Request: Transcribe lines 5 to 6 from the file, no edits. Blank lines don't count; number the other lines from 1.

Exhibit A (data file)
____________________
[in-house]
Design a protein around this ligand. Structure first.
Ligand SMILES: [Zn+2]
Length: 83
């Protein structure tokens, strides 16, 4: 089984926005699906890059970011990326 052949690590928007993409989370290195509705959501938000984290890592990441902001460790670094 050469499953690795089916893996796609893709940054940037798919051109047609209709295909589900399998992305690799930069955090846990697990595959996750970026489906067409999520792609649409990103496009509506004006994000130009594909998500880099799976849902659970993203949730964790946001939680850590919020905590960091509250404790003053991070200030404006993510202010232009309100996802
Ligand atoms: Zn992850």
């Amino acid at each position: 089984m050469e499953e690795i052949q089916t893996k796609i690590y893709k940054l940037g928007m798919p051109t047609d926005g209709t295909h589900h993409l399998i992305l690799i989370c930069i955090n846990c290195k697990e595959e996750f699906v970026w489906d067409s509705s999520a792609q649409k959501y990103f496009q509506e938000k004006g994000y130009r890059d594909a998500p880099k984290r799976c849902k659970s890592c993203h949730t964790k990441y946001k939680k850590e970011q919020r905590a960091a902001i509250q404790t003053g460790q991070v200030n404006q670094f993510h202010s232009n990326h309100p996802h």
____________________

């Protein structure tokens, strides 16, 4: 089984926005699906890059970011990326 052949690590928007993409989370290195509705959501938000984290890592990441902001460790670094 050469499953690795089916893996796609893709940054940037798919051109047609209709295909589900399998992305690799930069955090846990697990595959996750970026489906067409999520792609649409990103496009509506004006994000130009594909998500880099799976849902659970993203949730964790946001939680850590919020905590960091509250404790003053991070200030404006993510202010232009309100996802
Ligand atoms: Zn992850």